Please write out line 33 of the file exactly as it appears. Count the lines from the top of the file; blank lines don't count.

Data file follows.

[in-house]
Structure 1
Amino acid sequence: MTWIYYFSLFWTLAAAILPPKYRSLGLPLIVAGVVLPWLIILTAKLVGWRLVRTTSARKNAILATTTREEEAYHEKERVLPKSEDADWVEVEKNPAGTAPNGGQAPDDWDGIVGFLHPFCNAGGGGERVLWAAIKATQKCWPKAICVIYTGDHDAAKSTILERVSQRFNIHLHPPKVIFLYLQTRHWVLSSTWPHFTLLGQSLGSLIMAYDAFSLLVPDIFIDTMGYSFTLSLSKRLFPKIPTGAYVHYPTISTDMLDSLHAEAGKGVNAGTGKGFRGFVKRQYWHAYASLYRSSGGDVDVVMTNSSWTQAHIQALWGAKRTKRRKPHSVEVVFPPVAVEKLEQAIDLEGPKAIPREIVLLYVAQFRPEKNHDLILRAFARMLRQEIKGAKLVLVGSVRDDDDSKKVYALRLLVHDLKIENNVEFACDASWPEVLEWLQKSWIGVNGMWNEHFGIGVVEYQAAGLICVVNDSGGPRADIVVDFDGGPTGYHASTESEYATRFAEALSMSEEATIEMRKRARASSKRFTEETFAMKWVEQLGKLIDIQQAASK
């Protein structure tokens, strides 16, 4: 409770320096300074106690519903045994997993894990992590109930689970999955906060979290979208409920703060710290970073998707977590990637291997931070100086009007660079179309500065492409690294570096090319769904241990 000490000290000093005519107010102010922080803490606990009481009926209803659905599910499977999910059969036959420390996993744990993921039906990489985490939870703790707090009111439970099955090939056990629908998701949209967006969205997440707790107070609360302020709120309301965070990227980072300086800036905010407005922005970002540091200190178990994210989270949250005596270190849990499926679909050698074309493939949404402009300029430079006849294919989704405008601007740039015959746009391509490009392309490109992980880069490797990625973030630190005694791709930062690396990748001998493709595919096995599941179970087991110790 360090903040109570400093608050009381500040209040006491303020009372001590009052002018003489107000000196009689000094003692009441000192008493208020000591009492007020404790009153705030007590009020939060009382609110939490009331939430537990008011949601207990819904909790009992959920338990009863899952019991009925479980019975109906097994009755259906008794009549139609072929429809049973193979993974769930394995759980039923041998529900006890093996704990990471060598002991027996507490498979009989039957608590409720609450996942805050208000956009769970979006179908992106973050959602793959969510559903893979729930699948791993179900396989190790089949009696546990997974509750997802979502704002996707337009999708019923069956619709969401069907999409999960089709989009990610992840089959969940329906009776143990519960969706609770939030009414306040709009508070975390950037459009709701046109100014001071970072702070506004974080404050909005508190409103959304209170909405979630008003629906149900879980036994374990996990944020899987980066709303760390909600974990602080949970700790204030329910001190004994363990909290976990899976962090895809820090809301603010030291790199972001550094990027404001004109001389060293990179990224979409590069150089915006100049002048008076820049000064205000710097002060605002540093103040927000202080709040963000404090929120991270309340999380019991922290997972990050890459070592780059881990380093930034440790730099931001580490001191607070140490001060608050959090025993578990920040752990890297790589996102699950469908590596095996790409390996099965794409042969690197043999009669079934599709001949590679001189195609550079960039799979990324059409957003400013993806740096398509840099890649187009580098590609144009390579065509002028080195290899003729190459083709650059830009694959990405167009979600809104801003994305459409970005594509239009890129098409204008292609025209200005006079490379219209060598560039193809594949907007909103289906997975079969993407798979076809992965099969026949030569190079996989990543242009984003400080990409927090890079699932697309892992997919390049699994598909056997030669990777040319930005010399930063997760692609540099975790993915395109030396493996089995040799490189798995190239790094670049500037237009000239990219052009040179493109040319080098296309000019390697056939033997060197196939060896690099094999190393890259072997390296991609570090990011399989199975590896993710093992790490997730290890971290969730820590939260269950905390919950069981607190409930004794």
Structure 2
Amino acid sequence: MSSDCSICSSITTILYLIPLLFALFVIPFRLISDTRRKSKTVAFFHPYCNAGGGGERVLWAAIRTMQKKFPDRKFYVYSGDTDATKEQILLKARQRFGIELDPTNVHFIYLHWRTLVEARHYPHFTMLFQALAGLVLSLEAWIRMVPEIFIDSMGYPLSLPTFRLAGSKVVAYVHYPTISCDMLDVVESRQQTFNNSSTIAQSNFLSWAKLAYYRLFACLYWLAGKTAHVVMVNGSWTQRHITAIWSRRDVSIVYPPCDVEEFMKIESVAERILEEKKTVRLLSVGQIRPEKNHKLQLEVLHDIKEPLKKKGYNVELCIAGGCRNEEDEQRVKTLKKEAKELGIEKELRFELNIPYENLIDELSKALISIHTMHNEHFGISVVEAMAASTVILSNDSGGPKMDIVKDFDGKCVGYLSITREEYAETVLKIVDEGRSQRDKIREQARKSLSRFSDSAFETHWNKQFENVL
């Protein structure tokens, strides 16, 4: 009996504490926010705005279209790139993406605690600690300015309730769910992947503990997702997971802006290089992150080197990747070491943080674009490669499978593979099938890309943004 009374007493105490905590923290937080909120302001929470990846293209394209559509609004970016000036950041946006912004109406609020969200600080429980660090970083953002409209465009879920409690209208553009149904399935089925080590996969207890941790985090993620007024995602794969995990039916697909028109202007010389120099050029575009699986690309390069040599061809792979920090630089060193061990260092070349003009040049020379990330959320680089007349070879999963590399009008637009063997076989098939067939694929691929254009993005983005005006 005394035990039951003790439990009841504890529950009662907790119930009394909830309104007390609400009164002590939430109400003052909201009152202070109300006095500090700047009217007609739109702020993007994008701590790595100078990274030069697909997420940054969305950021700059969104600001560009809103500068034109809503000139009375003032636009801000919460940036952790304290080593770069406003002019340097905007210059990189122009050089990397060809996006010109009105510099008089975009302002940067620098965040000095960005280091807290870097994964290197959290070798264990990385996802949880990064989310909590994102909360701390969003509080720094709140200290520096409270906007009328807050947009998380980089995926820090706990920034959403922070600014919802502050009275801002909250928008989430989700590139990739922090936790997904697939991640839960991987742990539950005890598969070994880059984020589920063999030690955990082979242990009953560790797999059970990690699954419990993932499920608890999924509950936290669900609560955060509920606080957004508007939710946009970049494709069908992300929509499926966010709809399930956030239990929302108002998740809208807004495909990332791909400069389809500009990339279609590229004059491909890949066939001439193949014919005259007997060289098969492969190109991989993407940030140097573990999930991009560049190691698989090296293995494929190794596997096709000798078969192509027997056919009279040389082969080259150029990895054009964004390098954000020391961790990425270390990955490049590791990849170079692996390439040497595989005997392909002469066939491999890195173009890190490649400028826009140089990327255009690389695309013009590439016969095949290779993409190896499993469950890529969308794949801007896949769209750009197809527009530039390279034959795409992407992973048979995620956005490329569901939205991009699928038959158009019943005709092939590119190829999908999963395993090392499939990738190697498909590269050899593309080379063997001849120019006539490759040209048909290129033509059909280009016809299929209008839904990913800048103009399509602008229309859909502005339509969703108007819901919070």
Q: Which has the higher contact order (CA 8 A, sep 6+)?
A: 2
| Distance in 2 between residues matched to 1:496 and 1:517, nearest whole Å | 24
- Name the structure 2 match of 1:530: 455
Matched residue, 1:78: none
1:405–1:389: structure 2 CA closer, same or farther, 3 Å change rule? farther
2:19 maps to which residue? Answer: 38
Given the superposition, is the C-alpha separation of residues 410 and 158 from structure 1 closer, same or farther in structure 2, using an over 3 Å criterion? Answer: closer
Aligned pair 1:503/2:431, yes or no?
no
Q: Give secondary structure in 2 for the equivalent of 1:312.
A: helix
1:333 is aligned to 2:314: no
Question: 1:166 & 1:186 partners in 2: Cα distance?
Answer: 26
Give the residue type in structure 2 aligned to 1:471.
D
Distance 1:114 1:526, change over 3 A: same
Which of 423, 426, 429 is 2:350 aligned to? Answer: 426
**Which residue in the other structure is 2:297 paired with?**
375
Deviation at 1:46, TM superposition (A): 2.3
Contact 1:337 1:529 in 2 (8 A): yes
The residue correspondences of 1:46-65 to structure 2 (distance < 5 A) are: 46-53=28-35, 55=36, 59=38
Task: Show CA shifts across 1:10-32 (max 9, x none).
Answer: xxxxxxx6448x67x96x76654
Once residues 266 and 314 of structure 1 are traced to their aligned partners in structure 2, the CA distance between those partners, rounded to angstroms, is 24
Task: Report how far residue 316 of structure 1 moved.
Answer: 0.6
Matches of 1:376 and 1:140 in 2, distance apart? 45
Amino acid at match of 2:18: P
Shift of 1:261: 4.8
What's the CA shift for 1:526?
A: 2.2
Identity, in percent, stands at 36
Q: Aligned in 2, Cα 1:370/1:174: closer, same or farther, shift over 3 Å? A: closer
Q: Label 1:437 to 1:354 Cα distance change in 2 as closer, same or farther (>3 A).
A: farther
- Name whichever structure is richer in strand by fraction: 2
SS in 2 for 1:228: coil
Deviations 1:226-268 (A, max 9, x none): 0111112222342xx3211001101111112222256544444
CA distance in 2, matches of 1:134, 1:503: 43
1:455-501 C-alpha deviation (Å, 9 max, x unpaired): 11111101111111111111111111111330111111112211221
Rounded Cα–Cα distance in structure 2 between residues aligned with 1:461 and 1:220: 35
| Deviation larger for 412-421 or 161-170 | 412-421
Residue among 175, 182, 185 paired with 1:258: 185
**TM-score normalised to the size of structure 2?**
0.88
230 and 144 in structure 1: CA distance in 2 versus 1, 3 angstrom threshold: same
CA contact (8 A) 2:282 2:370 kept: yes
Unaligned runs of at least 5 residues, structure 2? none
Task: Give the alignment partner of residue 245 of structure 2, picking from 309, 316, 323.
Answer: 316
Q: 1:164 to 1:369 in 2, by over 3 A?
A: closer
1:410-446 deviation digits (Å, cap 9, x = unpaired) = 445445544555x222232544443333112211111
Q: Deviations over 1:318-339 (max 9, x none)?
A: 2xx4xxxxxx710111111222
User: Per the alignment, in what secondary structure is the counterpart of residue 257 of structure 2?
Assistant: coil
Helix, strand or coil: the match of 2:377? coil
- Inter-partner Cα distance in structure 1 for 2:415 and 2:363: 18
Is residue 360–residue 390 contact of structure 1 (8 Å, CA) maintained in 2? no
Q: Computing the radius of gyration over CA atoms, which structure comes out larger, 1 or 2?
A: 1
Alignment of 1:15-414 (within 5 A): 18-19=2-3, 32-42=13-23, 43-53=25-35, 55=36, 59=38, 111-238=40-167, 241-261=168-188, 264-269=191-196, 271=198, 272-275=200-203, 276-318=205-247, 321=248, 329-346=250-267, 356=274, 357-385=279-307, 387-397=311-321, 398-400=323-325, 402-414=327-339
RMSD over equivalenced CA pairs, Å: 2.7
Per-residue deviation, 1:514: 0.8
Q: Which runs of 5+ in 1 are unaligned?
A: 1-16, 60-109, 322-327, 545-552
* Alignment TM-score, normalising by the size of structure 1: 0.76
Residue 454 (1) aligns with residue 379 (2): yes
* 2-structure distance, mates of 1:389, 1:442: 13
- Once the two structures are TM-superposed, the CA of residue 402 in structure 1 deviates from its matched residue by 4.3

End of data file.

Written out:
Answer: xxxxxxx6448x67x96x76654